author = "Friedberg, {Marc H.} and Michael Glantz and Klempner, {Mark S.} and Cole, {Bernard F.} and George Perides",
year = "1998",
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Specific matrix metalloproteinase profiles in the cerebrospinal fluid correlated with the presence of malignant astrocytomas, brain metastases, and carcinomatous meningitis. / Friedberg, Marc H.; Glantz, Michael; Klempner, Mark S.; Cole, Bernard F.; Perides, George.

In: Cancer, Vol. 82, No. 5, 01.03.1998, p. 923-930.

Research output: Contribution to journalArticle

TY - JOUR

T1 - Specific matrix metalloproteinase profiles in the cerebrospinal fluid correlated with the presence of malignant astrocytomas, brain metastases, and carcinomatous meningitis

AU - Friedberg, Marc H.

AU - Glantz, Michael

AU - Klempner, Mark S.

AU - Cole, Bernard F.

AU - Perides, George

PY - 1998/3/1

Y1 - 1998/3/1

N2 - BACKGROUND. Detection in tumor tissue of specific matrix metalloproteinases (MMPs), particularly gelatinases A and B, correlates with the grade and aggressiveness of primary and metastatic brain tumors. The ability to detect these enzymes in the cerebrospinal fluid (CSF) would be a minimally invasive method of evaluating brain tumors. METHODS. CSF from 66 patients with white blood cell counts of ≤5 μL were analyzed for the presence of gelatinolytic activity by zymography. Twenty-nine patients had malignant astrocytomas, 10 had brain metastases from systemic malignancies, 4 had systemic cancer not involving the central nervous system, 4 had nonmalignant neurologic diseases, and 19 were healthy controls. Fifteen CSF samples had positive cytologies. The zymographic results were retrospectively correlated with clinical information and CSF cytologic data. RESULTS. CSF from all patients with malignant astrocytomas or brain metastases contained precursor gelatinase A (pMMP2) and precursor gelatinase B (pMMP9), whereas control CSF contained only pMMP2. All patients with positive CSF cytologies had activated MMP2. A similar correlation was observed between the presence of activated MMP9 and positive CSF cytology. CONCLUSIONS. The precursor and activated forms of gelatinases A and B can be detected in the CSF of patients with primary and metastatic brain tumors. The distribution of gelatinase activity in CSF distinguishes patients with malignant gliomas or brain metastases from those without brain tumors, and distinguishes patients with meningeal carcinomatosis from those without CSF spread of tumor, regardless of their brain tumor status. Analysis of MMPs in the CSF may be a sensitive technique for diagnosing CNS tumors and provide an early indication of tumor recurrence. This technique may also provide longitudinal information that would be useful in evaluating ongoing treatment and predicting tumor behavior.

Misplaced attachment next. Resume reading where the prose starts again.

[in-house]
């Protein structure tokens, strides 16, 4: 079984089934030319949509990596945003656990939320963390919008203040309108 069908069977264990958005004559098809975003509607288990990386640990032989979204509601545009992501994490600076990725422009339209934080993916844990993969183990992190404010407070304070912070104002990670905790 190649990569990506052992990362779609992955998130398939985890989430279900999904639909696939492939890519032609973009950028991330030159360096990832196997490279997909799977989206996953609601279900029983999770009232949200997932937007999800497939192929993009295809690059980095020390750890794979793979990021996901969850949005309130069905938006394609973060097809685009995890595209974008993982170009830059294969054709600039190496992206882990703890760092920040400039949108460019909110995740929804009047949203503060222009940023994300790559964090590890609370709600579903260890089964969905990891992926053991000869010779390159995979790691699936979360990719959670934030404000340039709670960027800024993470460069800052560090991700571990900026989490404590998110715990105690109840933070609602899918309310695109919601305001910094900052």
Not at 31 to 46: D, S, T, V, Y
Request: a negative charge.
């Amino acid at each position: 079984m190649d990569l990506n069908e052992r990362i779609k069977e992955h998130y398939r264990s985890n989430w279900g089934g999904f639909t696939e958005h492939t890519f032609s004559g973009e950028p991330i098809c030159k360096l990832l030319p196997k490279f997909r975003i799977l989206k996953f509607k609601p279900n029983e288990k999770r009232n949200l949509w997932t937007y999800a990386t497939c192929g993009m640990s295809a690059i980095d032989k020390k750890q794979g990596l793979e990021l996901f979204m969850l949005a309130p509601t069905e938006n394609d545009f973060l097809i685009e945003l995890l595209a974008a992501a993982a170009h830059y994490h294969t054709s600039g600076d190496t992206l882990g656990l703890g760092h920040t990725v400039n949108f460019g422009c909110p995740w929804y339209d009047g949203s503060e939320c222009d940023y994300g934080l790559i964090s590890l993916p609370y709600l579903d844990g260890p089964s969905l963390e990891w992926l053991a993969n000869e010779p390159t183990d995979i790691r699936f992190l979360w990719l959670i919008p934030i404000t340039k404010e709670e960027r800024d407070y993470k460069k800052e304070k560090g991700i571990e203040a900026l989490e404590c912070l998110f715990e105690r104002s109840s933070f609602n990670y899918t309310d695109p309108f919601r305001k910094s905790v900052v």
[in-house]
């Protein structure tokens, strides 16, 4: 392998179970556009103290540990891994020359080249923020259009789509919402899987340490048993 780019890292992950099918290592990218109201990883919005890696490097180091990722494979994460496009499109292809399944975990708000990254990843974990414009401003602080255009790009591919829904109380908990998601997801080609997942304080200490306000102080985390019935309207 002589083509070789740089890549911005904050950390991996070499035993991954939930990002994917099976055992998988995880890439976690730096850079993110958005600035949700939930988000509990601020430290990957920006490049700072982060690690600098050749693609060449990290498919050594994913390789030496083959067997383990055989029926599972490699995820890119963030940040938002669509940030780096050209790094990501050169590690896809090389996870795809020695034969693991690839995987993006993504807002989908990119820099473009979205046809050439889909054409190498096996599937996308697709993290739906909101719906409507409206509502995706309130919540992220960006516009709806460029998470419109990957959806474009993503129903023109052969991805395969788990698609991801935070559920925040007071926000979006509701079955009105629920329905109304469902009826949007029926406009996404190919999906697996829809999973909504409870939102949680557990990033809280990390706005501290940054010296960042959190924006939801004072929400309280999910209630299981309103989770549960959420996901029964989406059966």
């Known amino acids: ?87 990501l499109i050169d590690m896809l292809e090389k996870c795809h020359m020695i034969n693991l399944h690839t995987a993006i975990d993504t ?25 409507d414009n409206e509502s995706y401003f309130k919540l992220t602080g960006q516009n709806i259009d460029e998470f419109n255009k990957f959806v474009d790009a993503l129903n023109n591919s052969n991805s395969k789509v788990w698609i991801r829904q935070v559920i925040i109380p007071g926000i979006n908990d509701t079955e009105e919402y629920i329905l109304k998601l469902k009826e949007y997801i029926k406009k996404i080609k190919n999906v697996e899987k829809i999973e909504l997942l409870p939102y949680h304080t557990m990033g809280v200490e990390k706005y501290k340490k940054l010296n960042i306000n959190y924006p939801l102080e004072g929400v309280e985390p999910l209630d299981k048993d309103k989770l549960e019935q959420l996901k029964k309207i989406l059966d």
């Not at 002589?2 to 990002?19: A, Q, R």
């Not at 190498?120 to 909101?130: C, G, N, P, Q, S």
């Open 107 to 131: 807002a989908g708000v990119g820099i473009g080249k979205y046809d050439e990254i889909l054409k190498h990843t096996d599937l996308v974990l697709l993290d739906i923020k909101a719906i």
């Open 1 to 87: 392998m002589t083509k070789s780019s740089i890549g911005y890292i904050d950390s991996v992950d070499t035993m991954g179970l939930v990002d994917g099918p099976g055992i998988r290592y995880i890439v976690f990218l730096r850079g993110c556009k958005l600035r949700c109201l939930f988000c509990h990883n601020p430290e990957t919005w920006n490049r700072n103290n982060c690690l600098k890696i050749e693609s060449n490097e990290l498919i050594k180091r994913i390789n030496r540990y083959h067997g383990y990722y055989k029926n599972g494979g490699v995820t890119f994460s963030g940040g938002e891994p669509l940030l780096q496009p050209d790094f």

AB - BACKGROUND. Detection in tumor tissue of specific matrix metalloproteinases (MMPs), particularly gelatinases A and B, correlates with the grade and aggressiveness of primary and metastatic brain tumors. The ability to detect these enzymes in the cerebrospinal fluid (CSF) would be a minimally invasive method of evaluating brain tumors. METHODS. CSF from 66 patients with white blood cell counts of ≤5 μL were analyzed for the presence of gelatinolytic activity by zymography. Twenty-nine patients had malignant astrocytomas, 10 had brain metastases from systemic malignancies, 4 had systemic cancer not involving the central nervous system, 4 had nonmalignant neurologic diseases, and 19 were healthy controls. Fifteen CSF samples had positive cytologies. The zymographic results were retrospectively correlated with clinical information and CSF cytologic data. RESULTS. CSF from all patients with malignant astrocytomas or brain metastases contained precursor gelatinase A (pMMP2) and precursor gelatinase B (pMMP9), whereas control CSF contained only pMMP2. All patients with positive CSF cytologies had activated MMP2. A similar correlation was observed between the presence of activated MMP9 and positive CSF cytology. CONCLUSIONS. The precursor and activated forms of gelatinases A and B can be detected in the CSF of patients with primary and metastatic brain tumors. The distribution of gelatinase activity in CSF distinguishes patients with malignant gliomas or brain metastases from those without brain tumors, and distinguishes patients with meningeal carcinomatosis from those without CSF spread of tumor, regardless of their brain tumor status. Analysis of MMPs in the CSF may be a sensitive technique for diagnosing CNS tumors and provide an early indication of tumor recurrence. This technique may also provide longitudinal information that would be useful in evaluating ongoing treatment and predicting tumor behavior.